On Saturday, February 25, the Special Collections department of Hennepin County’s Central Library hosted an event uniting history buffs with the tech-savvy in order to increase the state of Minnesota’s presence on the user-generated encyclopedia Wikipedia. The goal was that those from the Wikipedia social circle who are passionate about democratic and expansive knowledge access would aid the historical experts as they jointly flushed out the aspects of the state’s past previously undocumented on Wikipedia.
Ordinarily, gaining access to the department’s 25,000-plus documents, papers, letters, photographs, traditional books and newspaper clippings would require making advance arrangements with staff. By teaming with Wikipedia to elaborate on Minnesota’s currently modest historical presence online, the plan was, both sides would come out ahead.
“We thought this was a good opportunity to really connect this collection that has all these original materials to people who may be really savvy about [accessing] resources online,” said Ian Stade, a librarian in Special Collections. “We’re always looking for new ways to get Special Collections connected to people who wouldn’t know about it otherwise.”
Stade thinks “history is moving that way, toward empowering individuals to do their own research and get content online like Wikipedia.” He went on to acknowledge that without Wikipedia, “a lot of public librarians would be in trouble. It’s one of our first resources we look at. We understand that not everything in there is totally correct, but it is a go-to resource, so for us to take the subject of Minneapolis history and have an opportunity to have it built up with more depth is key.”
For instance, Stade mentioned the case of Mabeth Paige, an early state legislator who served shortly after suffrage for women was passed. “We have two boxes and an unpublished book on her here. […] She doesn’t have a presence at all on the Internet right now, but she was an early pioneer in Minnesota politics.”
Throughout the course of the day, nearly a dozen participants camped out at a long table as they plugged their way through a pages-long list of historical figures and institutions. Historians and local Wikipedians sat shoulder to shoulder, each lending a particular area of expertise. Out of all the topics waiting to be covered, Minneapolis resident and historian Madeline Douglass most identified with the very same Mabeth Paige who Stade had referenced.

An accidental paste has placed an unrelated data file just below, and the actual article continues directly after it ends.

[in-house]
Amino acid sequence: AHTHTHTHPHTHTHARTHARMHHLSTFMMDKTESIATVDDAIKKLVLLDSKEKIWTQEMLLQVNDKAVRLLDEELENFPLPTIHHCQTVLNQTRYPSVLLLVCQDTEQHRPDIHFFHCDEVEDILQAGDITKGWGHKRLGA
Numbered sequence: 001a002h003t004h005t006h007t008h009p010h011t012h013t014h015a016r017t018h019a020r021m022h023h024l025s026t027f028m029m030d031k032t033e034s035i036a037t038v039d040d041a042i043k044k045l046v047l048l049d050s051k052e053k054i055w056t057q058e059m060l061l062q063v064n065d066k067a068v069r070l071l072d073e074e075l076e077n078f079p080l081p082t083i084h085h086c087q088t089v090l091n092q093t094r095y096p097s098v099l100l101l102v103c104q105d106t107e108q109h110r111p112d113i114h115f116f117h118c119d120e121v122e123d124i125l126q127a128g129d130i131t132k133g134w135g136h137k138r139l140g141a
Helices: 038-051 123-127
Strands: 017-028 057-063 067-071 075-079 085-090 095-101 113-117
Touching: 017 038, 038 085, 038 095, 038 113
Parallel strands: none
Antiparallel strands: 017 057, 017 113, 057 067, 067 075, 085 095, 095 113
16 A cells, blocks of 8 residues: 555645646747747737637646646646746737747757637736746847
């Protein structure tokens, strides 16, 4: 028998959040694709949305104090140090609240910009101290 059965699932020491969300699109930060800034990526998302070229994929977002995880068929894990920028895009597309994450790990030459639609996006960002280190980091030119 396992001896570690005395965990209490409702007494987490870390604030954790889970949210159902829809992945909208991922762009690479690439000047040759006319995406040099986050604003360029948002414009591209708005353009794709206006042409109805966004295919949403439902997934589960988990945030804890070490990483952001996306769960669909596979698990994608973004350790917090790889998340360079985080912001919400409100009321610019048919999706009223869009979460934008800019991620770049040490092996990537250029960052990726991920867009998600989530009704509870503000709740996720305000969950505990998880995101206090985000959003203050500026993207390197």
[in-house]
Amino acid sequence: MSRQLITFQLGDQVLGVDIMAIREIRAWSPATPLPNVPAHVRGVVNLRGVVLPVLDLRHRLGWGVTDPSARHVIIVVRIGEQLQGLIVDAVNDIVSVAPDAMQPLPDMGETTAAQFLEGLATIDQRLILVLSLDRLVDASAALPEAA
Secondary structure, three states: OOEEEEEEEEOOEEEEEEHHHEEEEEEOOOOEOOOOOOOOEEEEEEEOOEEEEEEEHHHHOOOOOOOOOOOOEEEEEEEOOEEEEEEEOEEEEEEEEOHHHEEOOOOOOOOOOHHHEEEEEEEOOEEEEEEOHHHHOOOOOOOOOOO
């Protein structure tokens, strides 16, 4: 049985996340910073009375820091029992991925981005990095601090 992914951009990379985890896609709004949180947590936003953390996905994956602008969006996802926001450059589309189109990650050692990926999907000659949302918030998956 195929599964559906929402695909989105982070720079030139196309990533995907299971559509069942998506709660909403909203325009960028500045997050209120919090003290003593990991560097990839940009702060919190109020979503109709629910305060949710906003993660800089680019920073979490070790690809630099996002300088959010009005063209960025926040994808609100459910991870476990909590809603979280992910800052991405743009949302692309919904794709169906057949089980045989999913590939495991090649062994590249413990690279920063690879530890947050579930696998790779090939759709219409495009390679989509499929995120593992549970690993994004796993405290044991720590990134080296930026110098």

“This is a woman who was a legislator in Minnesota and we’re adding content as part of the project for the upcoming Minnesota’s Woman’s History Month.” Douglass explained how she feels Wikipedia has gotten a bad rap among academics. “It’s impressive that the Wikipedians here are very dedicated to documenting their research and being very disciplined about what they do. So I think the reputation about Wikipedia being something that’s not accurate or authoritative is really not true.”
Case in point: Todd Murray. Several years ago, he started on the path of becoming a Wikipedia editor by “doing minor edits to articles.” Later, Murray found himself spending more time on articles about the history of Minnesota and the Minneapolis area in general. “I’m actually a software engineer for a living,” he said. “I just kind of do this as a hobby, kind of an interest.” He’d selected several goal projects for the meet-up, including “flushing things out a bit” on the old Abbott Northwestern Campus in the Stevens Square neighborhood, as well as spending some time on local architects and the interesting buildings they’ve created.
So what’s at stake for libraries if all the physical information becomes digital? Ted Hathaway, manager of Special Collections, Preservation, and Digitalization, isn’t worried. “You know, you can talk about books maybe going away as the e-book rises in prominence, for good or for bad, but archives will never go away. That’s primary, original material. You’ll always have to protect that. But we’ll also have electronic resources too.”
Coverage of issues and events affecting Central Corridor communities is funded in part by a grant from the Central Corridor Collaborative.